One of the few things women are allowed to be good and and approved of for is our roles as mothers. The mother is the beatific figure of Christian mythology; she is the metaphor for life, nurture, care and love and goodness. Motherhood (or more precisely, white, well-off, married motherhood) accords a special unimpeachable status to women, as any childless woman can attest. And that status was not something I wanted to lose. I wanted to be a proper mother, who could soothe a crying child with nothing but her sweet voice and smile, while baking fresh cookies and incidentally writing her thesis one handed because she was a modern woman. I didn’t want to be some emasculated, neglectful specimen, off and away chasing my selfish, worldly, fruitless goals while barely knowing my children. Even now, I’ll admit that the idea that my son might some day prefer his dad to me when he’s sad makes me break out in a cold sweat.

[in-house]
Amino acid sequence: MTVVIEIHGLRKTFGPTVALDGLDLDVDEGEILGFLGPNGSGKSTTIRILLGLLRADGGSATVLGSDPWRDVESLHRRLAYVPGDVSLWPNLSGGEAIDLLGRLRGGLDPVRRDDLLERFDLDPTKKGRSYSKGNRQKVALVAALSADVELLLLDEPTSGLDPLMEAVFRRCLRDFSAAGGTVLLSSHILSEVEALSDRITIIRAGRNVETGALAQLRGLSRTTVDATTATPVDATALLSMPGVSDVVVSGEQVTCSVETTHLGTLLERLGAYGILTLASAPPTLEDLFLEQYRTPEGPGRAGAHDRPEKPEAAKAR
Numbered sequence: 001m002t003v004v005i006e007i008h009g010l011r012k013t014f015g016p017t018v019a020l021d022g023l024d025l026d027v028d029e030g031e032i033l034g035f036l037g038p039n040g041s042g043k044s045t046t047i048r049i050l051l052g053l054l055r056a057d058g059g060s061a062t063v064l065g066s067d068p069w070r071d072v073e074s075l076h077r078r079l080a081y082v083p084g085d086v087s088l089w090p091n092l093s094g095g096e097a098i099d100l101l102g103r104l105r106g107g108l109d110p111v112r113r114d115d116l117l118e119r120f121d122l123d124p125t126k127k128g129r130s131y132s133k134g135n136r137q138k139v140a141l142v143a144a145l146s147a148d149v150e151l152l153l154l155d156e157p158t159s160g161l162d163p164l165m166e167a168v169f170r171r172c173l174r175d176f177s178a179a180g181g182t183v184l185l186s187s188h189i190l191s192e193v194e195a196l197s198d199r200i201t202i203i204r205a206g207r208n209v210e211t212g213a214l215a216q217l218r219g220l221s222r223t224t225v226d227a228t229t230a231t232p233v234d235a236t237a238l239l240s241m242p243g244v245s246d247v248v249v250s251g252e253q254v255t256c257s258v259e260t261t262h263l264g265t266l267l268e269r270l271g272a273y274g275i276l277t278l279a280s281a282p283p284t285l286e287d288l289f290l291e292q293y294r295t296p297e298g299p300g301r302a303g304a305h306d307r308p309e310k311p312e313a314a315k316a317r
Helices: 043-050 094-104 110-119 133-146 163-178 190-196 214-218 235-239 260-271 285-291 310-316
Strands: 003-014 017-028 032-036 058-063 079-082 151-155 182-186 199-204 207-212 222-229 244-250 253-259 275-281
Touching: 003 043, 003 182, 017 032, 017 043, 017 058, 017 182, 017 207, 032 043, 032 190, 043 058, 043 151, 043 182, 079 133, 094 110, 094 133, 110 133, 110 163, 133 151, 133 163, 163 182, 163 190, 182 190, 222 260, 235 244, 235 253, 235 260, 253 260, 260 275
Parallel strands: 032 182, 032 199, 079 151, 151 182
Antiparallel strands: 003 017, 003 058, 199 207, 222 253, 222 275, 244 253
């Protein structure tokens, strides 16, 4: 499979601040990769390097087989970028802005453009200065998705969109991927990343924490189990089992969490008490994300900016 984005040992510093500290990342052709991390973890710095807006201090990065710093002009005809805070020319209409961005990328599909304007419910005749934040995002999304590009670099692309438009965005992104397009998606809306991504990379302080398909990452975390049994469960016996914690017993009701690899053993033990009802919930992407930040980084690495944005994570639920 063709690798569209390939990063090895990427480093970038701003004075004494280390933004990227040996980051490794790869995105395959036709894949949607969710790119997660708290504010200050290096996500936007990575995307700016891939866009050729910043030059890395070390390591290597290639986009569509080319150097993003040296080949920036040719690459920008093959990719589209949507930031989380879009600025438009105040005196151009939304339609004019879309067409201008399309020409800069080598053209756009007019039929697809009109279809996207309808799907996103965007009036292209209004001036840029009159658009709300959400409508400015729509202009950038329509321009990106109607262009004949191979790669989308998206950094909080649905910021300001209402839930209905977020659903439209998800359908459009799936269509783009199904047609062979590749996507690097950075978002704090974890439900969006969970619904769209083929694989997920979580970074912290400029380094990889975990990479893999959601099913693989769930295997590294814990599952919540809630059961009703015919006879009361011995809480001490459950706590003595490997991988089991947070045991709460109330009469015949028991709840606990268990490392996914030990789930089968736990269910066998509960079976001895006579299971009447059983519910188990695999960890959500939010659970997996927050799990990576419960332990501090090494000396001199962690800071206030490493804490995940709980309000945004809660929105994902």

So I did my best to stake claim on this role. I breastfed for way longer than my sanity would permit, dragging myself to the pumping room (well, maintainence closet) three times a day so I’d have lots of milk on my days off. We coslept, baby next to me, and then inevitably it because easier if I just did the night feedings. I shuffled my hours so I could spend more time at home, sent my husband away on long weekends and took control of anything I could, to assert myself as The Mother, and claim all the sweet approval that came with it.
Another issue of this was lack of trust. After years of watching media stereotypes of hapless men unable to hold a baby for five seconds before dropping it on his head, I just didn’t believe, in my heart of hearts, that my husband was capable of keeping up with a vaccination schedule or knowing how to wean a child. And of course, the more I did, the less of a chance he had to prove himself. Unlike me, he didn’t spend hours online reading up on the Exact Best Way to raise a child, trusting instinct and friends to guide us to do it approximately right. This, of course, meant that he wasn’t exposed to the Mummy Wars.